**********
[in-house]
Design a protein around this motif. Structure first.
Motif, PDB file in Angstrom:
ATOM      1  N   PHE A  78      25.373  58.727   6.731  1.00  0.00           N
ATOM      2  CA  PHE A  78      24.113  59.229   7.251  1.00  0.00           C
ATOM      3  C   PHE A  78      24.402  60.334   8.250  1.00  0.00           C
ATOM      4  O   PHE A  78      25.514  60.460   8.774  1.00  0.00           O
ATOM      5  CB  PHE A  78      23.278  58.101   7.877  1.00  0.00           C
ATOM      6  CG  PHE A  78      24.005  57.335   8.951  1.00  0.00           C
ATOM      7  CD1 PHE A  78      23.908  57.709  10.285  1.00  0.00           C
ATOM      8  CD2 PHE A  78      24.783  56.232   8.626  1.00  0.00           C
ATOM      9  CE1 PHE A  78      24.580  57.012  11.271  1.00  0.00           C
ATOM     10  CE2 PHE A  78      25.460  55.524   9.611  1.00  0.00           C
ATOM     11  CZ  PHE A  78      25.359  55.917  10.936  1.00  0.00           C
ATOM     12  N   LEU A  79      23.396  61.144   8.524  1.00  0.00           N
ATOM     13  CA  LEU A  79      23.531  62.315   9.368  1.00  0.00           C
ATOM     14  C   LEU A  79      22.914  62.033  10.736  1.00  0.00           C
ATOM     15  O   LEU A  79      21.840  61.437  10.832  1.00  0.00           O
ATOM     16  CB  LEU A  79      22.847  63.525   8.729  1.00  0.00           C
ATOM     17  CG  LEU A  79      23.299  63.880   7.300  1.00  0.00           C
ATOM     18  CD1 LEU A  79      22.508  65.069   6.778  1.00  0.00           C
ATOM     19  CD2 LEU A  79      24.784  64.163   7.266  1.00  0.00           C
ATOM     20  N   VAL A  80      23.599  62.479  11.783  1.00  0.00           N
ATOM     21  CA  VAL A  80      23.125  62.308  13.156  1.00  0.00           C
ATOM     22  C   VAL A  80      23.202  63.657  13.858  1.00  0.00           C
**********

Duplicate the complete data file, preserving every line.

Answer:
[in-house]
Design a protein around this motif. Structure first.
Motif, PDB file in Angstrom:
ATOM      1  N   PHE A  78      25.373  58.727   6.731  1.00  0.00           N
ATOM      2  CA  PHE A  78      24.113  59.229   7.251  1.00  0.00           C
ATOM      3  C   PHE A  78      24.402  60.334   8.250  1.00  0.00           C
ATOM      4  O   PHE A  78      25.514  60.460   8.774  1.00  0.00           O
ATOM      5  CB  PHE A  78      23.278  58.101   7.877  1.00  0.00           C
ATOM      6  CG  PHE A  78      24.005  57.335   8.951  1.00  0.00           C
ATOM      7  CD1 PHE A  78      23.908  57.709  10.285  1.00  0.00           C
ATOM      8  CD2 PHE A  78      24.783  56.232   8.626  1.00  0.00           C
ATOM      9  CE1 PHE A  78      24.580  57.012  11.271  1.00  0.00           C
ATOM     10  CE2 PHE A  78      25.460  55.524   9.611  1.00  0.00           C
ATOM     11  CZ  PHE A  78      25.359  55.917  10.936  1.00  0.00           C
ATOM     12  N   LEU A  79      23.396  61.144   8.524  1.00  0.00           N
ATOM     13  CA  LEU A  79      23.531  62.315   9.368  1.00  0.00           C
ATOM     14  C   LEU A  79      22.914  62.033  10.736  1.00  0.00           C
ATOM     15  O   LEU A  79      21.840  61.437  10.832  1.00  0.00           O
ATOM     16  CB  LEU A  79      22.847  63.525   8.729  1.00  0.00           C
ATOM     17  CG  LEU A  79      23.299  63.880   7.300  1.00  0.00           C
ATOM     18  CD1 LEU A  79      22.508  65.069   6.778  1.00  0.00           C
ATOM     19  CD2 LEU A  79      24.784  64.163   7.266  1.00  0.00           C
ATOM     20  N   VAL A  80      23.599  62.479  11.783  1.00  0.00           N
ATOM     21  CA  VAL A  80      23.125  62.308  13.156  1.00  0.00           C
ATOM     22  C   VAL A  80      23.202  63.657  13.858  1.00  0.00           C